2 Clement 8:4 “Wherefore, brethren, if we shall have done the will of the Father and kept the flesh pure and guarded the commandments of the Lord, we shall receive life eternal.”

We haven’t received it yet. It will be given to all who receive Christ and remain faithful. The promise is ours! But not without conditions!

2 Clement 14:1 “Wherefore, brethren, if we do the will of God our Father, we shall be of the first Church, which is spiritual, which was created before the sun and the moon; but if we do not the will of the Lord, we shall be of the scripture that saith, My house was made a den of robbers. So therefore let us choose rather to be of the Church of life, that we may be saved.”

Even though we have been saved at some point in our lives, being saved in the end is NOT without conditions. We must “choose” to be of the Church of life, that we may be saved in the end.

2 Clement 17:1 “Let us therefore repent with our whole heart, lest any of us perish by the way. For if we have received commands, that we should make this our business, to tear men away from idols and to instruct them, how much more is it wrong that a soul which knoweth God already should perish!”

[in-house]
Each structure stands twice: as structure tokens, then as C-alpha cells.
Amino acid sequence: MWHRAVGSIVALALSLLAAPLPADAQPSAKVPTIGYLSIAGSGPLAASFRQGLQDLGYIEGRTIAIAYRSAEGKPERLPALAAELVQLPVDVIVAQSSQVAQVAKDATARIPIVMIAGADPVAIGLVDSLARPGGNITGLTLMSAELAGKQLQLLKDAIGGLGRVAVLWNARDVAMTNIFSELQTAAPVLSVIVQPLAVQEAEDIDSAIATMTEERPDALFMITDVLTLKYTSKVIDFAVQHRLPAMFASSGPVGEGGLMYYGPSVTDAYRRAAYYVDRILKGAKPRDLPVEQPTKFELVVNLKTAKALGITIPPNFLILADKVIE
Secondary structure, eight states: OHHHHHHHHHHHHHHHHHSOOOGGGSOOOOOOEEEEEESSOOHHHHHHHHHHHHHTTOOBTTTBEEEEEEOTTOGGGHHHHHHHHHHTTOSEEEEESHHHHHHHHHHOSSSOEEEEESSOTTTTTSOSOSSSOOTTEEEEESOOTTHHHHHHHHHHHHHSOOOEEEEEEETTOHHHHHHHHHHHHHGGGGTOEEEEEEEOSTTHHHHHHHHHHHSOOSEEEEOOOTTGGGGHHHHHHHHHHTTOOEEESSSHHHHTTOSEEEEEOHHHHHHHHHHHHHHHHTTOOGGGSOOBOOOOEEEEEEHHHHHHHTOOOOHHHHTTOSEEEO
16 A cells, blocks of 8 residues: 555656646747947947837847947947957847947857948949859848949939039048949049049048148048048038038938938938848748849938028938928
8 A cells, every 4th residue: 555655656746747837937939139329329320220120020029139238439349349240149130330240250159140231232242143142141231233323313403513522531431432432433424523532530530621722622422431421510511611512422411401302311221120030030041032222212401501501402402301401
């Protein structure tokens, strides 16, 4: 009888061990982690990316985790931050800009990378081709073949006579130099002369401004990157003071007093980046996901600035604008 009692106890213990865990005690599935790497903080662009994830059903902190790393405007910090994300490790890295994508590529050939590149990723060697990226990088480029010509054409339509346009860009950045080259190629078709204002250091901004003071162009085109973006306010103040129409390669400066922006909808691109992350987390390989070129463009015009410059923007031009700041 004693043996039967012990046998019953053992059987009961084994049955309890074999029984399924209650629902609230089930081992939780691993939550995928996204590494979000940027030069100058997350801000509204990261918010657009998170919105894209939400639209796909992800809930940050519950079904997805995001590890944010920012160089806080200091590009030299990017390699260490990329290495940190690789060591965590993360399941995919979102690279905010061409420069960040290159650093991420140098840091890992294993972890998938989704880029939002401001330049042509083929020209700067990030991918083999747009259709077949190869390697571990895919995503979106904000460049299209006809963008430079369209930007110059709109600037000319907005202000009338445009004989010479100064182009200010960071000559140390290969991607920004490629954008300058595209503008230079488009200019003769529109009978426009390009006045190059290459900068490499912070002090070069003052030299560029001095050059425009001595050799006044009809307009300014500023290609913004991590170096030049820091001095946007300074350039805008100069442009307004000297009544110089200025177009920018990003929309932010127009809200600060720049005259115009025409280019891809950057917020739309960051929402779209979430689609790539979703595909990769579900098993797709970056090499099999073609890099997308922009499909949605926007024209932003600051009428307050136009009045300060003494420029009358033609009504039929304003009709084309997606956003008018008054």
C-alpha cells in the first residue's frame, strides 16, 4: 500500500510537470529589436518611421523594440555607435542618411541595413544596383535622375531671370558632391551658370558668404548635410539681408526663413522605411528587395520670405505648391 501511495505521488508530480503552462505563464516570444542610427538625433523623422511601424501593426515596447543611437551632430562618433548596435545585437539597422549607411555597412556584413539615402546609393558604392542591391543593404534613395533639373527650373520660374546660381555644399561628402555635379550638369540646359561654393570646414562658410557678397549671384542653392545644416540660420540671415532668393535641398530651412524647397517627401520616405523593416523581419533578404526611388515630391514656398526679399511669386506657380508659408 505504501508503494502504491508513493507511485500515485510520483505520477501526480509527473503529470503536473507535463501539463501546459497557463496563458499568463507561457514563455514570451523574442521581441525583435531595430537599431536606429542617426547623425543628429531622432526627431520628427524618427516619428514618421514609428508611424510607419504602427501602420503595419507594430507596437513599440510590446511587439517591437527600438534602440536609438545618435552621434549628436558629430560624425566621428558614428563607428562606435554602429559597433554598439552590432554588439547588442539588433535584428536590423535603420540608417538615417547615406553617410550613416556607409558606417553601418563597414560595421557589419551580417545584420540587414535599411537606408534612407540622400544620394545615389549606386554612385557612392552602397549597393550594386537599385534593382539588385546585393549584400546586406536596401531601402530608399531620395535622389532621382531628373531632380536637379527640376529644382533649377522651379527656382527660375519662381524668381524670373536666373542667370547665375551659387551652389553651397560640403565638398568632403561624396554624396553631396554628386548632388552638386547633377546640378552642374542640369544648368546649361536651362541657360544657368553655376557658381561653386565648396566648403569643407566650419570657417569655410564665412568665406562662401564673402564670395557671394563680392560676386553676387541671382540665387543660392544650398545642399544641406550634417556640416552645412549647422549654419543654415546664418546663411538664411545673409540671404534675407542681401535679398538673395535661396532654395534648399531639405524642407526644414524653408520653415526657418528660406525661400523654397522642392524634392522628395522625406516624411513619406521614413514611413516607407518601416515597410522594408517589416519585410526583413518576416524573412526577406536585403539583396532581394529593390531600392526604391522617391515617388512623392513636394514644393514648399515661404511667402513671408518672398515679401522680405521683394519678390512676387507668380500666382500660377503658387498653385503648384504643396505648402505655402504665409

If we do not repent after we have sinned, they we will perish. A soul which knows God in the present can still perish, if they do not obey His commands.

2 Clement 19:3 “Let us therefore practice righteousness that we may be saved unto the end. Blessed are they that obey these ordinances. Though they may endure affliction for a short time in the world, they will gather the immortal fruit of the resurrection.”

It is only those who practice righteousness that will be saved in the end. A person can claim to be saved by grace all they want. They can claim to have faith, believing that Jesus is their savior. But if they do not live right, and they allow sin to reign in their lives; they cannot be saved in the end.

EPISTULA APOSTOLORUM (A.D. 140-150)

This writing is known as the Epistle of the Apostles, and was written as a disputation to the Gnostic teachings of the second century. Although this writing was never received as scripture, it was a writing that was accepted by the Church as holding biblical truth, in which much of it contains words spoken by Jesus to the Apostles. It gives us the further understanding of what the early Church taught and believed, and what they had learned and had been taught by Jesus.